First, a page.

Victor Holland is a retired engineering project manager from Prosperity, South Carolina. He is also a determined optimist. Even when he has had to repeatedly do battle with that dreaded “C” word – cancer – not once, not twice, but three times, he remained positive and enthusiastic about living his best life each and every day. With his loyal wife, Sherrie, staying close beside him and two precious grandsons providing the motivation to keep going, Holland has pushed through more than his share of the dark, painfully sick days and surgeries that typically accompany cancer treatments.
The first battle began in 2006, when Holland discovered a small, painless knot in his neck while shaving. Wisely, he went straight to his doctor to have it checked and discovered that he had a rare, slow-growing form of thyroid cancer known as a mucosa-associated lymphoid tissue lymphoma. These malignancies present as unassuming nodules and are usually asymptomatic. They are often found in patients with some type of common and chronic inflammatory condition. Early detection is a critical factor for successful treatment.
For Holland, removal of his thyroid gland was considered sufficient, and no radiation or chemotherapy was required. He will take synthetic thyroid medicine for the remainder of his life, which he considers a small price to pay.
“If you find a new knot or lump anywhere, go see your doctor immediately. Cancer lumps don’t usually hurt,” he emphasized.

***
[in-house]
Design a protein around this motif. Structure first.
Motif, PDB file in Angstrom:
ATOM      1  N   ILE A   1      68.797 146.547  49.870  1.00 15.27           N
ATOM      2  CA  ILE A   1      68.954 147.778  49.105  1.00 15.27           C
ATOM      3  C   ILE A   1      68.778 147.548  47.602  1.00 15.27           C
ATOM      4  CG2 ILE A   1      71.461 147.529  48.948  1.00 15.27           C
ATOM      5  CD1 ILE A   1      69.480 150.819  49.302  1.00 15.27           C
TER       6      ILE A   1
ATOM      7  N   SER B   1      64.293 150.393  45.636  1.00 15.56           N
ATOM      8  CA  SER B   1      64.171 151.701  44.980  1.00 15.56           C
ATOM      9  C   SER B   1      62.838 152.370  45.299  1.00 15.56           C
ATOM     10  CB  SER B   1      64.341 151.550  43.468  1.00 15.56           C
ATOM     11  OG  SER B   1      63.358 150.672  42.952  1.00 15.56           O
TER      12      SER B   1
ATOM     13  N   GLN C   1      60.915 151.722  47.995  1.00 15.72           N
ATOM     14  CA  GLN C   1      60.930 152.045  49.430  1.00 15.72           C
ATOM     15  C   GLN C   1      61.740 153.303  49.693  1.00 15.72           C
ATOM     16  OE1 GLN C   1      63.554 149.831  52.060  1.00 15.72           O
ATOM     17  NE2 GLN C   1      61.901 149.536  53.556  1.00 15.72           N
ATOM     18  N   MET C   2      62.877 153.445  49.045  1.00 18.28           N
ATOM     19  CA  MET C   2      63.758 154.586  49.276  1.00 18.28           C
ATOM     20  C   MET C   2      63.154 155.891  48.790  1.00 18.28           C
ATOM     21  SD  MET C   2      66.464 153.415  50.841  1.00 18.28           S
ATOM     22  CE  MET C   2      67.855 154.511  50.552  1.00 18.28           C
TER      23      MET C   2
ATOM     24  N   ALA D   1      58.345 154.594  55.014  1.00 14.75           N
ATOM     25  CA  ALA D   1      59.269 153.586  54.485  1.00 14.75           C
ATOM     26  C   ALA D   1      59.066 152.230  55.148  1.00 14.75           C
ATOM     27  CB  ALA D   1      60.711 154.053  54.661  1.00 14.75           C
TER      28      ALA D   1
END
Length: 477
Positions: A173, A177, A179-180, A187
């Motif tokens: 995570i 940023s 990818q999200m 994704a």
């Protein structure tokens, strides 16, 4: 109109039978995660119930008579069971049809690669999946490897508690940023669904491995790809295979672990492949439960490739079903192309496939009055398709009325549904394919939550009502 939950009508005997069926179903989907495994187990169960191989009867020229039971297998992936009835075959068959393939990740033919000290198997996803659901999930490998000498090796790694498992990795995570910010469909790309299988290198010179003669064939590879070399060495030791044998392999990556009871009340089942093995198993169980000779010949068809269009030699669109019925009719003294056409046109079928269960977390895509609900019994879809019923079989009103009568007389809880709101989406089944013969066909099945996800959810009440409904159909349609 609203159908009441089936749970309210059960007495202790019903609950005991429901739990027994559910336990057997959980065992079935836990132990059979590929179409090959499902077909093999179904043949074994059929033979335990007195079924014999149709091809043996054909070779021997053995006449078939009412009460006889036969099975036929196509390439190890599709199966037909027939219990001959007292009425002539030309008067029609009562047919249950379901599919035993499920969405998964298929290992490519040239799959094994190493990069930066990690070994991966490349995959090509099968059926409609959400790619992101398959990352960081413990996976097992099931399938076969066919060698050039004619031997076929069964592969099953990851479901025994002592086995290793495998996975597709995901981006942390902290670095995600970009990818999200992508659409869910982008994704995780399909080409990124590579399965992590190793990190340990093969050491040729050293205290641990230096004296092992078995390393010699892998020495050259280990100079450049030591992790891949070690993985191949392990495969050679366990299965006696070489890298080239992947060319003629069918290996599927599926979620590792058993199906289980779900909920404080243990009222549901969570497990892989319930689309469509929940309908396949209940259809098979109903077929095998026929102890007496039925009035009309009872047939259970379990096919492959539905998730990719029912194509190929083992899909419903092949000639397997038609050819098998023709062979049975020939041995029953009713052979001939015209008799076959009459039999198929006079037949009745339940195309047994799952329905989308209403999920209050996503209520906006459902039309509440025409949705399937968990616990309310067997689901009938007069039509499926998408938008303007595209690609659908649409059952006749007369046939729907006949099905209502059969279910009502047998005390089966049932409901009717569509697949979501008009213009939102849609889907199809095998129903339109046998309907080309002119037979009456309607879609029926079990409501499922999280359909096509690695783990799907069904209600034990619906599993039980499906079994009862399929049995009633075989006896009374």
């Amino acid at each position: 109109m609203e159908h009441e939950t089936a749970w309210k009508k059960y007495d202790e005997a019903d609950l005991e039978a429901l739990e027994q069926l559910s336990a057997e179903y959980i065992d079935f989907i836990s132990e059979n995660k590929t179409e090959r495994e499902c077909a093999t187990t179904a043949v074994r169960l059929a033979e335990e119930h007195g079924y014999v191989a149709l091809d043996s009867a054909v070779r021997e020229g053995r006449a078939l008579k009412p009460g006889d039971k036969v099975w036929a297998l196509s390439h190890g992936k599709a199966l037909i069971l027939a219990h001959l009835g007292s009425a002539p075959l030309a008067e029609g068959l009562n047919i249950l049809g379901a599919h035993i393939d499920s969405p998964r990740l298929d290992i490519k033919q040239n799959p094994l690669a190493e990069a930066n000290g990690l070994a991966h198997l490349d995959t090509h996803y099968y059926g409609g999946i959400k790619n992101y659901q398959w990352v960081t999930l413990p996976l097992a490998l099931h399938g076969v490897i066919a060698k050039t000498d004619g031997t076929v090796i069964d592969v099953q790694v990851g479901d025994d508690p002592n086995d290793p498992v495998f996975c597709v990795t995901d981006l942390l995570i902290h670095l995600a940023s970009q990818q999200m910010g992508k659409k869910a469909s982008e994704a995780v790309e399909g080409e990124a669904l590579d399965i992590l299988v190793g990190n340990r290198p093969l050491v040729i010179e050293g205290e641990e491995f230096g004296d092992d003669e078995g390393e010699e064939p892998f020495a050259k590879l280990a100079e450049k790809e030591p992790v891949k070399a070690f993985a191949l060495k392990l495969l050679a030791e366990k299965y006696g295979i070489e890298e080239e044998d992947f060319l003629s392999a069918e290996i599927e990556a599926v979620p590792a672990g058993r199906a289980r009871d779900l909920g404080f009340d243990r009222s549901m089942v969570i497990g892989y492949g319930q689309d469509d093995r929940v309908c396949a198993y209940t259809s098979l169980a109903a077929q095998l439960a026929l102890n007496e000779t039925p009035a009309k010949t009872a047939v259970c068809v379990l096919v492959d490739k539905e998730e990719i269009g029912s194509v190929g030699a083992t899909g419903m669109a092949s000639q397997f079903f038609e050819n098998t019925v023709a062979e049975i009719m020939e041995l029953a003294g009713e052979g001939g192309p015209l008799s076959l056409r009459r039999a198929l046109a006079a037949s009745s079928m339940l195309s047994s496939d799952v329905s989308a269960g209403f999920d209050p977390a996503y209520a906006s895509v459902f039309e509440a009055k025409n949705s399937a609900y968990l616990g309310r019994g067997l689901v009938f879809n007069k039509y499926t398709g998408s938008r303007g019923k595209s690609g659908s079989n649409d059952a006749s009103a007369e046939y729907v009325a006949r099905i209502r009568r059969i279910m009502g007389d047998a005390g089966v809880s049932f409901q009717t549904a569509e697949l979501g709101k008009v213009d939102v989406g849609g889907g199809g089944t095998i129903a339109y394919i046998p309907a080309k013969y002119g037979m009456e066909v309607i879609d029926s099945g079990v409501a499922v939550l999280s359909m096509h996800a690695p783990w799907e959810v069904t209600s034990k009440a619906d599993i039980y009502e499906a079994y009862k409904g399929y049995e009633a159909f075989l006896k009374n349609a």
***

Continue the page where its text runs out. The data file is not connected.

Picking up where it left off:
The second battle, first engaged in January 2018, was more of an all-out war that started with severe headaches but quickly spread through other parts of his nervous system. Holland was referred to the Hollings Cancer Center at MUSC in Charleston and became the patient of Scott Lindhorst, M.D., who is part of the neuro-oncology division of the Department of Neurosurgery there.
Two spinal cord biopsies in his lower back revealed primary central nervous system lymphoma in the sheath surrounding his spinal cord. This rare non-Hodgkin lymphoma occurs when malignant cancer cells from the lymph tissue attack the immune cells in the brain or spinal cord. The devastating onslaught weakens the body’s ability to fight pathogens. Untreated, the patient’s life expectancy shrinks to less than a month-and-a-half.
Holland was in extreme pain by now. He fell into a coma and flatlined three times. Eventually, his life support was unhooked, and his family was told to prepare for the worst. As his wife lay beside him saying her goodbyes and the family gathered around, he suddenly awakened, sat up and asked, “What are you all doing here?”
The battle raged on, with Dr. Lindhorst ordering nine rounds of radical chemotherapy. Every other Friday, Holland needed two days of recovery following his two days of chemo injections – two different kinds of chemo every 12 hours. He also took immune therapy treatments. Predictably, when the chemo killed his bad cancer cells, it also destroyed his store of good bacteria.
The side effects were horrific. In addition to the constant vomiting, Holland developed thrush in his mouth; random severe bone pains throughout his body; atrophy in his muscles that took away his ability to walk; a 10-inch open wound along his spine that refused to heal until after chemotherapy; allergic reactions; fevers; neuropathy in his hands, feet, and legs; burns to his feet; and nerve damage to the right side of his face and right eye. Yet he remained optimistic, and his headaches and pain finally began to subside.
According to Dr. Lindhorst, “Mr. Holland had a consistently positive attitude during his many visits to the clinic at Hollings Cancer Center and during his numerous admissions to MUSC hospital. A positive attitude can play a pivotal role in fighting any serious illness. It may reduce stress during treatment, which secondarily may reduce inflammation and aid the body in fighting cancer.”